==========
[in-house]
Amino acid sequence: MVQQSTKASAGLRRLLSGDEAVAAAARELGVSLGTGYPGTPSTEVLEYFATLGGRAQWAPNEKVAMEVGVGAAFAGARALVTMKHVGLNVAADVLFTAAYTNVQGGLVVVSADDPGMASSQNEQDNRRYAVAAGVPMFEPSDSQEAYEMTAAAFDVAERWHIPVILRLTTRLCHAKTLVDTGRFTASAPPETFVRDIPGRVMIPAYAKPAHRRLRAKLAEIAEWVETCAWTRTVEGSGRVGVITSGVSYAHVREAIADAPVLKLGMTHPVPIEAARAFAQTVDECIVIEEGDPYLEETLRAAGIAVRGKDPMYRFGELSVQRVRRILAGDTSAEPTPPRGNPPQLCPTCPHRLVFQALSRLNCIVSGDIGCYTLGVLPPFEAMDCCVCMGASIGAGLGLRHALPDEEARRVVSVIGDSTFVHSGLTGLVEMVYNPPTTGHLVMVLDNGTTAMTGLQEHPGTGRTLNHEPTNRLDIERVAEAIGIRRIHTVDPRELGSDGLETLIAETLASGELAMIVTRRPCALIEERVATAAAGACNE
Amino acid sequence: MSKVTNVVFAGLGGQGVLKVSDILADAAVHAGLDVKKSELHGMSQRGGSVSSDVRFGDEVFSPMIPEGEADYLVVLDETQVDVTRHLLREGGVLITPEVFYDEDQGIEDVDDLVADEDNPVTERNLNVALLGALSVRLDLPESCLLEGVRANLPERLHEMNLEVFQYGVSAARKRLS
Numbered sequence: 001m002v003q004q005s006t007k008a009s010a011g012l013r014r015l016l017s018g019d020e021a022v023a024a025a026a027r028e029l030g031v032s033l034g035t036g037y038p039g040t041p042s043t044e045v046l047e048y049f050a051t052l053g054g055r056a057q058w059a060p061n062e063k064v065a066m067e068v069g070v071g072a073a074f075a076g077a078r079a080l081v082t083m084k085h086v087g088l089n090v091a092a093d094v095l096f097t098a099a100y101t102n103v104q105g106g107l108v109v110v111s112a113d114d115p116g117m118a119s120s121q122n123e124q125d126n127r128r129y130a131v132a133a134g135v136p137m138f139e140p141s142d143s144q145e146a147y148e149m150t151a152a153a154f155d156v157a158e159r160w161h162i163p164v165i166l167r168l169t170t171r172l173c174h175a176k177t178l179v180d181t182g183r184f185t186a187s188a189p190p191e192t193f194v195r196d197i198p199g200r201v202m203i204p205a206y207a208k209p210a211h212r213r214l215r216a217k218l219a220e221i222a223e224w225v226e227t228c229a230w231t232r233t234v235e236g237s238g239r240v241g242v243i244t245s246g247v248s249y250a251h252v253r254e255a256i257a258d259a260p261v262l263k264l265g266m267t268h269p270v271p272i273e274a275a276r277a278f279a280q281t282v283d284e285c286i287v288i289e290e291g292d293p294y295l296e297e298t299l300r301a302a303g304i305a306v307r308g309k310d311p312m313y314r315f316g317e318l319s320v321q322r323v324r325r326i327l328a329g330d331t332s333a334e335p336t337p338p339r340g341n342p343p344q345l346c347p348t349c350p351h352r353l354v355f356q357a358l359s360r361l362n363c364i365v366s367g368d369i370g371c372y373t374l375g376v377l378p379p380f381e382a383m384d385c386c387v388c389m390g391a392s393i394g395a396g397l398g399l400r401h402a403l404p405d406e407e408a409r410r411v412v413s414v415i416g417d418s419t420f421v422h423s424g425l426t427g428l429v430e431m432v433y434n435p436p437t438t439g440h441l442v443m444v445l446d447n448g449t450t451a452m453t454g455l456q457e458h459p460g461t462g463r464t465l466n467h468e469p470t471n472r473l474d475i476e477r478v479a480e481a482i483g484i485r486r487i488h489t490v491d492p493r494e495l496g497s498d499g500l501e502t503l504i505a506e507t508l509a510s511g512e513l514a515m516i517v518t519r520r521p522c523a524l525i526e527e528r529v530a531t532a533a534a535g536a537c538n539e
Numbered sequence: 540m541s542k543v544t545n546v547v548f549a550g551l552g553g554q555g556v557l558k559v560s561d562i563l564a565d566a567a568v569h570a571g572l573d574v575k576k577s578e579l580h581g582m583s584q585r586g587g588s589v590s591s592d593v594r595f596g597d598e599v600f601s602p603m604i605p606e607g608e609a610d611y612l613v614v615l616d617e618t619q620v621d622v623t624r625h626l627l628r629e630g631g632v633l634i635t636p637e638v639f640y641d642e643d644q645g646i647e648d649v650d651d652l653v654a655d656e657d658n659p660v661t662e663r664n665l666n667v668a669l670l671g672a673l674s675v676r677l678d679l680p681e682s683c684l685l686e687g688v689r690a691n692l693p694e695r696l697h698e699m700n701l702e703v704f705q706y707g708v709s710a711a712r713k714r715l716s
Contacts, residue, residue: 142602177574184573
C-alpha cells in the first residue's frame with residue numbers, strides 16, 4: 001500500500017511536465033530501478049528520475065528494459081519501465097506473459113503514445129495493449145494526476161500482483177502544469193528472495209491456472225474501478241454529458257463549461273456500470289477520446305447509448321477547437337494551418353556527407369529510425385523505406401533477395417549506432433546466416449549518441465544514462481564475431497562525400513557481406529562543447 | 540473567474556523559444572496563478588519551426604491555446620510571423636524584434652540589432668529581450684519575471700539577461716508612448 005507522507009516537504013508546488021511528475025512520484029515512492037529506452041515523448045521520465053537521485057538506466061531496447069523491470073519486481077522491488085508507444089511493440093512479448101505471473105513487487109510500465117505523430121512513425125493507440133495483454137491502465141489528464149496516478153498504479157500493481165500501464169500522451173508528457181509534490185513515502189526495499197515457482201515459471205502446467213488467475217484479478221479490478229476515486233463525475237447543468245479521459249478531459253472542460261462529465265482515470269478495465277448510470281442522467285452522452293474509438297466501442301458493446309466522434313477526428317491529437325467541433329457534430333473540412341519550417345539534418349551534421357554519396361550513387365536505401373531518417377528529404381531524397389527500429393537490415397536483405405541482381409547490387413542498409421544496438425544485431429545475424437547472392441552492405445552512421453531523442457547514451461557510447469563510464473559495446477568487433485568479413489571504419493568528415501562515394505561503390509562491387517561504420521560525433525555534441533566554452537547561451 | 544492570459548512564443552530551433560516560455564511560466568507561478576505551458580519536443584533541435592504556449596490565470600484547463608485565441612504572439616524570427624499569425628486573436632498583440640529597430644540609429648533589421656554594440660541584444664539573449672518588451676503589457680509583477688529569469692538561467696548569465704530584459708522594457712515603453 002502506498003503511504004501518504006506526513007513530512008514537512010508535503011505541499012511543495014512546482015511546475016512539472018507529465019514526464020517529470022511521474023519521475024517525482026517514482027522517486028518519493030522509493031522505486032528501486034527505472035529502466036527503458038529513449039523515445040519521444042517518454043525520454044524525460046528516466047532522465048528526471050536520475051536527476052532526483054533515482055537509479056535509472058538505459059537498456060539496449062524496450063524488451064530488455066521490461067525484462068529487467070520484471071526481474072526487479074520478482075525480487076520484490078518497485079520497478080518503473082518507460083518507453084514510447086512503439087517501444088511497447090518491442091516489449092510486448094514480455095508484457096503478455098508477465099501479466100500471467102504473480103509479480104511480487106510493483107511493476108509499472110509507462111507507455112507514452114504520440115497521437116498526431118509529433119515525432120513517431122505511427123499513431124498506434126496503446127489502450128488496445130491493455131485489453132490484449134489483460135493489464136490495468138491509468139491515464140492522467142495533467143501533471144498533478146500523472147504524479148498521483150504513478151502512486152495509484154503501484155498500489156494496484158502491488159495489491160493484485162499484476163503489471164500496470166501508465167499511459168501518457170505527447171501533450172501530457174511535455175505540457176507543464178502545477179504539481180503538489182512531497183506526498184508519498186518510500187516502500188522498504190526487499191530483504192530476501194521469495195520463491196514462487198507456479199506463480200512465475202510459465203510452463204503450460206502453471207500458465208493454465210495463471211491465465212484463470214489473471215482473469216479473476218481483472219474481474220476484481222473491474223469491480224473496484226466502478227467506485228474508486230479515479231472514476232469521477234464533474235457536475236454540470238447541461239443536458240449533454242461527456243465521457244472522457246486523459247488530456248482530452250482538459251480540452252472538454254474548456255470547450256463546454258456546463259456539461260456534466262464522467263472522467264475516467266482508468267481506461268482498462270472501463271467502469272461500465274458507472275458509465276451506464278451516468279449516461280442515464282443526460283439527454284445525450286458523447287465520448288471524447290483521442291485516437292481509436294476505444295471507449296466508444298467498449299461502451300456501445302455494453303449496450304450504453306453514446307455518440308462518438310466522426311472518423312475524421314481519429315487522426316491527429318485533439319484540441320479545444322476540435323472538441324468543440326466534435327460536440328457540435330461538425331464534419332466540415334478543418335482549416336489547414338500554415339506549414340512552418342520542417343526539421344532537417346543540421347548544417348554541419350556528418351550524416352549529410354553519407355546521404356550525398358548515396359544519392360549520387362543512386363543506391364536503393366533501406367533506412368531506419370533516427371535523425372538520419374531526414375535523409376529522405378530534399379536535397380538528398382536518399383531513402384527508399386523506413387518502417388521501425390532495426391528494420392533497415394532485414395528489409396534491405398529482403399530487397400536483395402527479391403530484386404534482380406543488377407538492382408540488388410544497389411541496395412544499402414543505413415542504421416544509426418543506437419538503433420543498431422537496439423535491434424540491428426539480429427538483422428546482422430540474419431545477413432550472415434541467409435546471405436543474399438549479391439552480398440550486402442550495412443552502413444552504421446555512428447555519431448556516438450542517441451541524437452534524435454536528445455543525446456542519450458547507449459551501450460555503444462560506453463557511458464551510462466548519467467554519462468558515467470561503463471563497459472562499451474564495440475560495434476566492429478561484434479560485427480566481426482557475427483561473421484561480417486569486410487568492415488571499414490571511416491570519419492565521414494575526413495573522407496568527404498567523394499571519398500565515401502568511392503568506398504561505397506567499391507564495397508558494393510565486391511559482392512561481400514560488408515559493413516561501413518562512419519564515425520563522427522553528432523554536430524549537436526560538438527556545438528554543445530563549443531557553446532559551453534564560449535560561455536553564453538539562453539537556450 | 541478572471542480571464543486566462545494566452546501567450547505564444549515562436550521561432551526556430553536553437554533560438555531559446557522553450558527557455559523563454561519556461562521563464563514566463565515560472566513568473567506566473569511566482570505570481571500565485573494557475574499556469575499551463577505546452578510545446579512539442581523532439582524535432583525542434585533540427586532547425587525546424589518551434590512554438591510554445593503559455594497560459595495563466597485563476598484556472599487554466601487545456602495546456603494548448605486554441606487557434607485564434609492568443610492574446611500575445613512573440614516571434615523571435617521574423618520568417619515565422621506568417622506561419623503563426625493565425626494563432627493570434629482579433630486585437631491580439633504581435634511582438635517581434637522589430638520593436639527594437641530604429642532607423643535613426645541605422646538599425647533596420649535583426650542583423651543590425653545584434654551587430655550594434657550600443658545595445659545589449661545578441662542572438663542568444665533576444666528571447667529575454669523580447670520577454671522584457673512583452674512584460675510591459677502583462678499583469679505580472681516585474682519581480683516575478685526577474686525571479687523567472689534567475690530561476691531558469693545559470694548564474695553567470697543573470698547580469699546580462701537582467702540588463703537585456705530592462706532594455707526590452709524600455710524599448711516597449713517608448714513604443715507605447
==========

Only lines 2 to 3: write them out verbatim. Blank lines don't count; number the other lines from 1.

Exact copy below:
Amino acid sequence: MVQQSTKASAGLRRLLSGDEAVAAAARELGVSLGTGYPGTPSTEVLEYFATLGGRAQWAPNEKVAMEVGVGAAFAGARALVTMKHVGLNVAADVLFTAAYTNVQGGLVVVSADDPGMASSQNEQDNRRYAVAAGVPMFEPSDSQEAYEMTAAAFDVAERWHIPVILRLTTRLCHAKTLVDTGRFTASAPPETFVRDIPGRVMIPAYAKPAHRRLRAKLAEIAEWVETCAWTRTVEGSGRVGVITSGVSYAHVREAIADAPVLKLGMTHPVPIEAARAFAQTVDECIVIEEGDPYLEETLRAAGIAVRGKDPMYRFGELSVQRVRRILAGDTSAEPTPPRGNPPQLCPTCPHRLVFQALSRLNCIVSGDIGCYTLGVLPPFEAMDCCVCMGASIGAGLGLRHALPDEEARRVVSVIGDSTFVHSGLTGLVEMVYNPPTTGHLVMVLDNGTTAMTGLQEHPGTGRTLNHEPTNRLDIERVAEAIGIRRIHTVDPRELGSDGLETLIAETLASGELAMIVTRRPCALIEERVATAAAGACNE
Amino acid sequence: MSKVTNVVFAGLGGQGVLKVSDILADAAVHAGLDVKKSELHGMSQRGGSVSSDVRFGDEVFSPMIPEGEADYLVVLDETQVDVTRHLLREGGVLITPEVFYDEDQGIEDVDDLVADEDNPVTERNLNVALLGALSVRLDLPESCLLEGVRANLPERLHEMNLEVFQYGVSAARKRLS